After the first week I had to return to work and Bill would often spend the day on my tram. He found that he rather liked the job and the happy atmosphere in the Depot — several of the older drivers had served in the Navy in the last war and he enjoyed exchanging yarns with them, and I think he was a little surprised at the way I had blossomed out too. He was used to a rather timid and painfully shy girl and here she was — chatting merrily to passengers completely in her element. There was no doubt that I loved my job and would be sorry to have to leave when the War ended.
All too soon the day arrived when he had to report to Chatham again and we started the old routine of writing every day and looking forward to Bill’s next leave.
After a few weeks I was able to confirm my suspicions and write to tell him I had won the argument after all and he could expect to be a proud father in late September. He was thrilled — and so was I when he told me he was still not at sea but at Scarborough, with a proper civilian address. It was much more pleasant addressing my letters now, “c/o GPO London” was so impersonal. His landlady was very pleasant too. For the one and only time I cheated — I went to the doctor with a very mild sore throat and got a certificate for three days. It was a lovely weekend — but Bill had to tell me that his stay in Scarborough would not be a long one — he was just waiting for his new ship and would be off to sea very soon — North Atlantic Convoy Duty.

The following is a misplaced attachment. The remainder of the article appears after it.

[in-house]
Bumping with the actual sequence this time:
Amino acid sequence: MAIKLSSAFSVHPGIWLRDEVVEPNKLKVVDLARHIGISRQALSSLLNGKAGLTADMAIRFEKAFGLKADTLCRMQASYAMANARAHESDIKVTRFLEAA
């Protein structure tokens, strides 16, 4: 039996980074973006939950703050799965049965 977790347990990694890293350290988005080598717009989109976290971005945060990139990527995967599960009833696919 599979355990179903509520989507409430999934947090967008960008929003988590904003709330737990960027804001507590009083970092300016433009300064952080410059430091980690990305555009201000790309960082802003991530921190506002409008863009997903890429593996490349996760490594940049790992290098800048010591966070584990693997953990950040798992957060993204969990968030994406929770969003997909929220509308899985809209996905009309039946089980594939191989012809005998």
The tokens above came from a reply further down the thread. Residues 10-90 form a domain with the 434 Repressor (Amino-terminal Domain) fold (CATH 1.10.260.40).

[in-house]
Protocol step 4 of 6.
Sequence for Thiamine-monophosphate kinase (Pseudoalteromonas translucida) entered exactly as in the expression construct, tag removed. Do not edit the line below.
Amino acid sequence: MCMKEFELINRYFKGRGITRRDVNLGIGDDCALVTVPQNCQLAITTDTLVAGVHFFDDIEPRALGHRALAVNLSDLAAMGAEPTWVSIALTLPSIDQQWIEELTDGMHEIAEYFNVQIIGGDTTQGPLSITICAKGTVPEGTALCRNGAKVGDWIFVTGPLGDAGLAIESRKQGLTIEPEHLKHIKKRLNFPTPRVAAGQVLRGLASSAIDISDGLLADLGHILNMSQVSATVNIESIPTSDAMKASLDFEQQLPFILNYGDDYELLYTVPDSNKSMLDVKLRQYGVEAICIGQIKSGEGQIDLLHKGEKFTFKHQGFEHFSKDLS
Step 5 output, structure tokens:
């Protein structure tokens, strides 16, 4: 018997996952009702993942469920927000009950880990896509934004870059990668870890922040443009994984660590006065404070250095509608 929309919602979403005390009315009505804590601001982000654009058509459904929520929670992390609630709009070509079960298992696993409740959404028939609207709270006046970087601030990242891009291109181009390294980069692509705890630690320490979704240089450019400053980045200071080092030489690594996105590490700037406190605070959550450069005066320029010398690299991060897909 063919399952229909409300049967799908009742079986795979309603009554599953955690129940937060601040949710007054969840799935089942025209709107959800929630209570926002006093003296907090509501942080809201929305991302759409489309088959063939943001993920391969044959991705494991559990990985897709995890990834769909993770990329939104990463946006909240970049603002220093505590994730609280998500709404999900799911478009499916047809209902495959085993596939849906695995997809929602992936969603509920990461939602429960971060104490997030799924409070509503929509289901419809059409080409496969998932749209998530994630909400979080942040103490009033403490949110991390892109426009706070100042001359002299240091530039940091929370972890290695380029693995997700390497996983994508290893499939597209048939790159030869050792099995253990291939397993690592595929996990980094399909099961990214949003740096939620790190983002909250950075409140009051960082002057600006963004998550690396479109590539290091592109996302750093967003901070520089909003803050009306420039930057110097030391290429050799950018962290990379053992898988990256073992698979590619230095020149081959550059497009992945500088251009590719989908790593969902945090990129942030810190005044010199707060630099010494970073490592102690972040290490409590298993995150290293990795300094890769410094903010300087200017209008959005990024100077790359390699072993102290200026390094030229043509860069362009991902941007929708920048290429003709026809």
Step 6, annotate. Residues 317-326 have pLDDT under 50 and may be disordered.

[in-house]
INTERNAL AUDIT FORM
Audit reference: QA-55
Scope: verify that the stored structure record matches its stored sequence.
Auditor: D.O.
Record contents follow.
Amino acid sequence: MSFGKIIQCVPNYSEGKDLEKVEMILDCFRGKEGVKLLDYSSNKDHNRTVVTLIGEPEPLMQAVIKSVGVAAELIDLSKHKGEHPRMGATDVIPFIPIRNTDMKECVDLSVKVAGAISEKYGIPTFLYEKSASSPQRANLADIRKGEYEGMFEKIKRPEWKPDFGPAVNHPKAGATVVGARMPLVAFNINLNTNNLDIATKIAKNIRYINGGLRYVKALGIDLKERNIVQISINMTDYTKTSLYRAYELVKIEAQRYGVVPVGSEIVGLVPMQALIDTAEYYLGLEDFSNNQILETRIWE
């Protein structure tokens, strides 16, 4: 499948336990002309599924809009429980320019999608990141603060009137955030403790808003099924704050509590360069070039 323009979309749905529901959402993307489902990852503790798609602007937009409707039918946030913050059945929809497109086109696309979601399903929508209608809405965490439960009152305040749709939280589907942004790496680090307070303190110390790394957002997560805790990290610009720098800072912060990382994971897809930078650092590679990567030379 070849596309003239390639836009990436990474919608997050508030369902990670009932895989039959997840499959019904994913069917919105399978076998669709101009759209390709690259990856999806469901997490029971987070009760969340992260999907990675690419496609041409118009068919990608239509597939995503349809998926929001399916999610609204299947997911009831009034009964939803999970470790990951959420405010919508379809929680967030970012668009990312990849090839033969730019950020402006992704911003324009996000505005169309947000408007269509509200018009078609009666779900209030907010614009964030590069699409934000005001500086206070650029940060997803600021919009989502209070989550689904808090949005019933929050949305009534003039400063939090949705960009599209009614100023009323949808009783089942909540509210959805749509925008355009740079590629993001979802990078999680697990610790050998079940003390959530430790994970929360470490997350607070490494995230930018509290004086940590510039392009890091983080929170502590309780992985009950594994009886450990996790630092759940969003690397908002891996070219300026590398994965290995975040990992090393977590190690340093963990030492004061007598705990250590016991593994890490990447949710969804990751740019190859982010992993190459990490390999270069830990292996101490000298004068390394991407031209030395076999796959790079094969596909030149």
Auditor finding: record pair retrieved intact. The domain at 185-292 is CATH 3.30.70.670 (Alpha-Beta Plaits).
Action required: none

We were sure the baby would be a boy and decided he would be called Michael and always referred to him by name in all our letters from that weekend. I hadn’t told anyone at the Depot that I was expecting a baby and kept the secret as long as I could but, despite several alterations to my uniform, there came a day when I could no longer push my way past standing passengers in the rush hour and I had to give in my notice. I was persuaded to apply for Maternity Leave — just in case I felt like getting a relation to look after the baby and returning to my job. I’m very glad that it didn’t occur to me at the time that they were really making it easy for me to return in case anything should go wrong — such a thing never entered my mind. I used to sit at the open window waving at the trams as they went by all through August and September and on October 10th the baby arrived — our son, Michael.